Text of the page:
Transition to clean energy

Energy transition

The challenge

Transition to clean energy

Develop solutions that reduce dependency on scarce materials by optimizing circularity in instrument transformers, while fostering cooperation within the energy sector.

The why

Why is this challenge important?

A worldwide transition to a clean energy system requires the use of critical materials on an unprecedented scale. A shortage of these materials is already perceptible today: at current levels, the global supply of these materials is insufficient and risks to hamper the feasibility of achieving net-zero targets by 2050. Raw materials are considered ‘critical’ when they are crucial to multiple sectors of the economy and are subject to extraction limitations that pose a considerable risk of a disruption in supply. Raw material scarcity affects TenneT, as well as other key players in the energy industry, mainly through supply chain disruptions and increases in procurement prices and volatility – suffice it to mention that costs for virgin copper and aluminium represent around 20% of total grid investment, and prices of these raw materials have increased respectively by 61% and 76% in 2019-2022. In the near future, many assets in our grid will be built, replaced or dismantled.

As a result, our demand for critical materials will grow to enable the grid buildout. However, materials in our old assets could be efficiently reused at the end of their lifetime, hence reducing dependency on scarce materials. Instrument transformers (voltage and current) are a key example of this process, as such assets are reaching the end of their lifetime and several transformers in our stations are already being dismantled this year. As a conservative estimate, approximately 6,000 of instrument transformers will be dismantled in the Netherlands in the upcoming years. Transformers have a high potential for circularity at end-of-life, with about three quarters of the material compatible with an entirely circular process: hence, this is a promising case to apply more sustainable practices, potentially to be extended to our entire asset base.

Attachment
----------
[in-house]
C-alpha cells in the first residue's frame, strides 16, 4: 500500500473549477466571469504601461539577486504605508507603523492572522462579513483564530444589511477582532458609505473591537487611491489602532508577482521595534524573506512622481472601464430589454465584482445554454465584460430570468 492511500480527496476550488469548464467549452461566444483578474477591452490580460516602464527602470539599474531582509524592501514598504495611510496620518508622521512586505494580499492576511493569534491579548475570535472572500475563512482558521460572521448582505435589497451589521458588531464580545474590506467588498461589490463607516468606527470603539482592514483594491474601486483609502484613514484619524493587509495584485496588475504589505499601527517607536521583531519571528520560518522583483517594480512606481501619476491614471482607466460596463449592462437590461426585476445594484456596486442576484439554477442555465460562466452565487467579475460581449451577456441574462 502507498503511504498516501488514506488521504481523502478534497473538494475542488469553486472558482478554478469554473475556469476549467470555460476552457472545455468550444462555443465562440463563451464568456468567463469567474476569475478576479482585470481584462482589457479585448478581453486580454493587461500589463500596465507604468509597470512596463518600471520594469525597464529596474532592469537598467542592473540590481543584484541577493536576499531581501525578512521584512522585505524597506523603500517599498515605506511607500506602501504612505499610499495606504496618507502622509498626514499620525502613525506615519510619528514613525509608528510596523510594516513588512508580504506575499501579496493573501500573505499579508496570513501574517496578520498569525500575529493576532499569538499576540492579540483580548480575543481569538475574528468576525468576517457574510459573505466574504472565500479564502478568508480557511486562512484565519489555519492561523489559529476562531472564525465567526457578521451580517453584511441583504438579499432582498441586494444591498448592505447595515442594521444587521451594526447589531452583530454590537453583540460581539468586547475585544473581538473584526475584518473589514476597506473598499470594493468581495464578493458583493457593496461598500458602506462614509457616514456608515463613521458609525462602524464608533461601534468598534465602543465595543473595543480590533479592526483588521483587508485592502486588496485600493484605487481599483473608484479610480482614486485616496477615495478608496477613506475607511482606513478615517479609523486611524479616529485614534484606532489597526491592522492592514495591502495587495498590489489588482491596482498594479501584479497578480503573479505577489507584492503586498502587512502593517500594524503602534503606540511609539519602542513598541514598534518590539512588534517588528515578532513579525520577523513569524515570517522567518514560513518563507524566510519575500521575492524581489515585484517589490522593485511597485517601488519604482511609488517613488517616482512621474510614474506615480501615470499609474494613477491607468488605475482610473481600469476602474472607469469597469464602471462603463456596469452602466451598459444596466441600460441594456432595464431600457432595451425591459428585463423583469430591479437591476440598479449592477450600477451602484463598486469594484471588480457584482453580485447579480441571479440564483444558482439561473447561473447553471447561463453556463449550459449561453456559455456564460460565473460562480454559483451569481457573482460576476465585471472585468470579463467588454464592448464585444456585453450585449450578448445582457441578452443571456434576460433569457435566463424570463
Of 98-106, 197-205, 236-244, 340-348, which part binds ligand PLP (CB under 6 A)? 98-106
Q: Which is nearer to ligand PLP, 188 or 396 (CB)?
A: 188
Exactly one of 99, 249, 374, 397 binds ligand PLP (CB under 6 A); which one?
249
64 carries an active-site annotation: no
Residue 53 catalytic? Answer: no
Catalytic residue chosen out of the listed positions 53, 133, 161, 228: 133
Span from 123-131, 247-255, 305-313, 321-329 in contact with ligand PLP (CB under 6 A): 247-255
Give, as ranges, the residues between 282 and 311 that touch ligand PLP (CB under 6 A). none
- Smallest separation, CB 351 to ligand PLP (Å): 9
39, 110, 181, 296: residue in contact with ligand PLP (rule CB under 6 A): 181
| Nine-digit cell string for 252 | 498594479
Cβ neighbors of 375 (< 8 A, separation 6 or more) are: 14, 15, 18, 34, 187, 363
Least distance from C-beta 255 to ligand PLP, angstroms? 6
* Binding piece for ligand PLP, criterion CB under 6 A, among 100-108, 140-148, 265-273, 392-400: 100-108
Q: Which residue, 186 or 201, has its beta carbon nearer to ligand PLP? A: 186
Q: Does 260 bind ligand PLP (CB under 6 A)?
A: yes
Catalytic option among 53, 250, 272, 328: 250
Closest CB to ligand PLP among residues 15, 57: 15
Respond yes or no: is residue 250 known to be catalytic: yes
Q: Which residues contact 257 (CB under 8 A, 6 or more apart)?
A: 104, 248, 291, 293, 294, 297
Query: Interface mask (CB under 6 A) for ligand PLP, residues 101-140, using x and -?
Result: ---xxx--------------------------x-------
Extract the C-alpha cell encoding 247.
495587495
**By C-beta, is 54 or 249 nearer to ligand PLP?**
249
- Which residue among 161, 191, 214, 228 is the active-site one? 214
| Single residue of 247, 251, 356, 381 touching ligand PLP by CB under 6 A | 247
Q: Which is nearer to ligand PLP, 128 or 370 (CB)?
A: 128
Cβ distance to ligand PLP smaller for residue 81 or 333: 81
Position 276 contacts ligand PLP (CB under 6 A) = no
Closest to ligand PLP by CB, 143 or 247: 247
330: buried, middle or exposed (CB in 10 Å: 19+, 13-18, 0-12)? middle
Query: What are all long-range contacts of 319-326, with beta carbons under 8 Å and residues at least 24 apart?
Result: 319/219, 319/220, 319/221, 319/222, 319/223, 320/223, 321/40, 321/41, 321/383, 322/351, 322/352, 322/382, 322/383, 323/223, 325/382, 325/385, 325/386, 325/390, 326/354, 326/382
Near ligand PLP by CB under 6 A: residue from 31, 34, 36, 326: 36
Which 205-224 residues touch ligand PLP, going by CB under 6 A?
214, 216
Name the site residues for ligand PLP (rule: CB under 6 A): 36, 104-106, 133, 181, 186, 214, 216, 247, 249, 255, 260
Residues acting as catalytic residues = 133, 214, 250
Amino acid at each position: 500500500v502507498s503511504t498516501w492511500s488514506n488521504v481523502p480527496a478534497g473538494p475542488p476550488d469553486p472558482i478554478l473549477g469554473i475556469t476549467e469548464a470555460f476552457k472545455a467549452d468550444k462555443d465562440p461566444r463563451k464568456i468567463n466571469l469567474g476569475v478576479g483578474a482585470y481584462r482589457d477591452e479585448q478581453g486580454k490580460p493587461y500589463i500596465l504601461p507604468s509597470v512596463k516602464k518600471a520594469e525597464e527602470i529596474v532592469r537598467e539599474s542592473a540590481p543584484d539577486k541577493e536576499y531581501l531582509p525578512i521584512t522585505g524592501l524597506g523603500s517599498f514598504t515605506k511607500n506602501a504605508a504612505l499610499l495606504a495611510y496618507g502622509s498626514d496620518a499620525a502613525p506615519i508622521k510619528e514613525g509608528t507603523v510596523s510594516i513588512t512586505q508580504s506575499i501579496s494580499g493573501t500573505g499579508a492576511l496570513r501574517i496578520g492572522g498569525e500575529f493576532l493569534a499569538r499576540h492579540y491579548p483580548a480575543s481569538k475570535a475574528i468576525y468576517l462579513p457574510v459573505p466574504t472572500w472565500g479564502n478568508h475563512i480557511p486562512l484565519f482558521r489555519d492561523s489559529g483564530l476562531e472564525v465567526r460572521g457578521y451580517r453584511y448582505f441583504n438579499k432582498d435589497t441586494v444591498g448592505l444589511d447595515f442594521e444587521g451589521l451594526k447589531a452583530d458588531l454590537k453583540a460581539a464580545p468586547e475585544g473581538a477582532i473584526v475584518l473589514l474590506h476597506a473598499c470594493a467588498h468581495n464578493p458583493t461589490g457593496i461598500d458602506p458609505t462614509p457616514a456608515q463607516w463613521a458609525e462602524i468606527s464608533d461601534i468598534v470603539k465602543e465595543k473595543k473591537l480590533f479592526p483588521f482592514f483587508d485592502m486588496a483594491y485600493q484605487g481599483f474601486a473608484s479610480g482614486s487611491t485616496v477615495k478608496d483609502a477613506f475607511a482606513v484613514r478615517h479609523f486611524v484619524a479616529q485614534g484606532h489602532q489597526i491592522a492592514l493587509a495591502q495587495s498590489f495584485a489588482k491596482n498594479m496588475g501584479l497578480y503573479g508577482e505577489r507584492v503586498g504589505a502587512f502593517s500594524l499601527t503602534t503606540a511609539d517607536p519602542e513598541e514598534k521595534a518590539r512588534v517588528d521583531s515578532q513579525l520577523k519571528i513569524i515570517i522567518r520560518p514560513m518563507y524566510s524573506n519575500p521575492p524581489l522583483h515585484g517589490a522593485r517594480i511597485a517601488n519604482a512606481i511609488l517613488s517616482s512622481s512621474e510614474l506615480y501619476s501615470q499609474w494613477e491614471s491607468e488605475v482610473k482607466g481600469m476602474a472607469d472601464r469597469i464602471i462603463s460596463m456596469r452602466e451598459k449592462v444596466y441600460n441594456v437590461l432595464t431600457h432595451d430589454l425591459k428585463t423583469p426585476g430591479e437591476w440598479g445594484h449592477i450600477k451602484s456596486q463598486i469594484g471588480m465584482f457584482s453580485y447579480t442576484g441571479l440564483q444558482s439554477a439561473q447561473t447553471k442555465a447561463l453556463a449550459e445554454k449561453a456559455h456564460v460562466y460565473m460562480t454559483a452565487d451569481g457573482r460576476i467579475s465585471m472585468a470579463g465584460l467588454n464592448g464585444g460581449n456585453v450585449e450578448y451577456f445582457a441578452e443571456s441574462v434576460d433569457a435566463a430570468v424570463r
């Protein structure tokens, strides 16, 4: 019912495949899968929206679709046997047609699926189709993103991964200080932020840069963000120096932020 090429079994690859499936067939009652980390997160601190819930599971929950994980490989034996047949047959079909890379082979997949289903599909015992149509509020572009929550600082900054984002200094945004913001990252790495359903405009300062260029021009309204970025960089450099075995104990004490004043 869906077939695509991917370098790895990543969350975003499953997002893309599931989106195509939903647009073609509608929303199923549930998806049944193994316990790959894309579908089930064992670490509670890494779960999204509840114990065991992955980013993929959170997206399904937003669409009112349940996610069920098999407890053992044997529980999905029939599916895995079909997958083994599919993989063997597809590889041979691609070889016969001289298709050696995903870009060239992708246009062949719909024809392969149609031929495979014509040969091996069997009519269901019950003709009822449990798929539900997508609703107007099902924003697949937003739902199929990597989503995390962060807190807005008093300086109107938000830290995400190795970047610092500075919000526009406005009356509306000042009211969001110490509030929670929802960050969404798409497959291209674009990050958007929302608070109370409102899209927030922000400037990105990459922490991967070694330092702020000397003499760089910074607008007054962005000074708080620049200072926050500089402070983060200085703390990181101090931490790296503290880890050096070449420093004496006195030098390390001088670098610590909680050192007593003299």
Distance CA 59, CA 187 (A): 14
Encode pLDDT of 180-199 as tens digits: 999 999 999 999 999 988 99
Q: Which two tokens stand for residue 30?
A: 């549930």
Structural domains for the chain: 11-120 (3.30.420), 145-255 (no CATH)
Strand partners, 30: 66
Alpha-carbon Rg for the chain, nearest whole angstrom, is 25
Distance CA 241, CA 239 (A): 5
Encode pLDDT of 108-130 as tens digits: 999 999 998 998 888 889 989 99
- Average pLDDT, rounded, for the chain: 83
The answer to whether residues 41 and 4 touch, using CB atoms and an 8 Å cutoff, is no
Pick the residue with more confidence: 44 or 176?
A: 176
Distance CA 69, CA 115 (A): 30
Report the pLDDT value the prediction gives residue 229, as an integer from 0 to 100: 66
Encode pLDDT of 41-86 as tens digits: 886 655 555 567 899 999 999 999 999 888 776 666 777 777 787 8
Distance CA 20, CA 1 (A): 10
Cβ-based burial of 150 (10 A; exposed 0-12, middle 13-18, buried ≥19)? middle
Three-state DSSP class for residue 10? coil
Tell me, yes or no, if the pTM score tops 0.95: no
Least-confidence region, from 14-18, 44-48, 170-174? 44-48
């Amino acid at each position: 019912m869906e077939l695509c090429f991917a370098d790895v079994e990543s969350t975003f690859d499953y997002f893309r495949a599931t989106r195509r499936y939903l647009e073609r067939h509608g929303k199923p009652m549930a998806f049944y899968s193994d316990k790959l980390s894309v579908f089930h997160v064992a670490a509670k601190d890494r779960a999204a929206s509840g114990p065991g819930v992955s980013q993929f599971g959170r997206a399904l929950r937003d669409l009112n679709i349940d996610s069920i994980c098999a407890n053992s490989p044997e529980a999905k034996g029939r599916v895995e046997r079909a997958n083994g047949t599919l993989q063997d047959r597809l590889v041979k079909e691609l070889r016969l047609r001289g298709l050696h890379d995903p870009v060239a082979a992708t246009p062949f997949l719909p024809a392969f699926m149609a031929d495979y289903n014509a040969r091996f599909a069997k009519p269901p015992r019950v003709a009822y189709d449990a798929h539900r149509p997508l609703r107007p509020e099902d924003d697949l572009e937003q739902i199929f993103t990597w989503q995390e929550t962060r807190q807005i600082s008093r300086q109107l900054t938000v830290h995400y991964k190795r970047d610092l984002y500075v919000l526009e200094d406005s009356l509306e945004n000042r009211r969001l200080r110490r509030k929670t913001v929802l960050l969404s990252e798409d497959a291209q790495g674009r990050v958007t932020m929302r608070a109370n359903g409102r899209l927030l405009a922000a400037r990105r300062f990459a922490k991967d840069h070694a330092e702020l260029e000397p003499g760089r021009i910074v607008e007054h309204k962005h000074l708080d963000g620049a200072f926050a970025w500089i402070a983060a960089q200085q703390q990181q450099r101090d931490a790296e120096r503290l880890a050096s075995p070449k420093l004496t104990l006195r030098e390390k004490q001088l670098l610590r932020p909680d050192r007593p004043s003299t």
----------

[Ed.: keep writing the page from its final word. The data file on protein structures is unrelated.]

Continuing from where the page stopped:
Nevertheless, identifying the best, high-value reuse options for materials or waste products is hampered by (i) the current lack of transparency on waste streams’ treatment and processing, (ii) reluctancy in product substitution and use of recycled materials due to scepticism about technical performance and (iii) limited steering in (cross-)sectoral and/or international cooperation, with lack of attention to joint solutions. Finding a solution to overcome these hurdles is of key importance to reduce dependency on critical materials and, ultimately, to ensure the feasibility of the energy transition.

The solution

What outcome are we looking for?

For this challenge, we are seeking innovative solutions to optimize circularity in instrument transformers, while fostering cooperation within the energy sector. Please note we see instrument transformers as a promising (and urgent) case to apply more sustainable practices, potentially to be extended to our entire asset base.

Hence, we aim for an adaptive solution that brings tangible outcomes to the case of transformers, while setting the groundwork for material efficiency strategies to be extended to our entire asset-base. You will receive some background information about our current practices, the electricity grid and its assets, before and during the day of the challenge.


What do we expect from the participants?

Creative, out of the box thinking.


We are looking for:
Students in Technology, Business, Economics and Environmental science.


  • Gain experience
  • Enhance your CV
  • Connect with like-minded people
  • Receive a certificate of participation

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About us


TenneT supplies the electricity on which all devices and systems that consume electricity run. Fortunately, we do everything we can to ensure that the light stays on. The availability of our network is no less than 99.99%. TenneT is therefore one of the best grid operators in the world.

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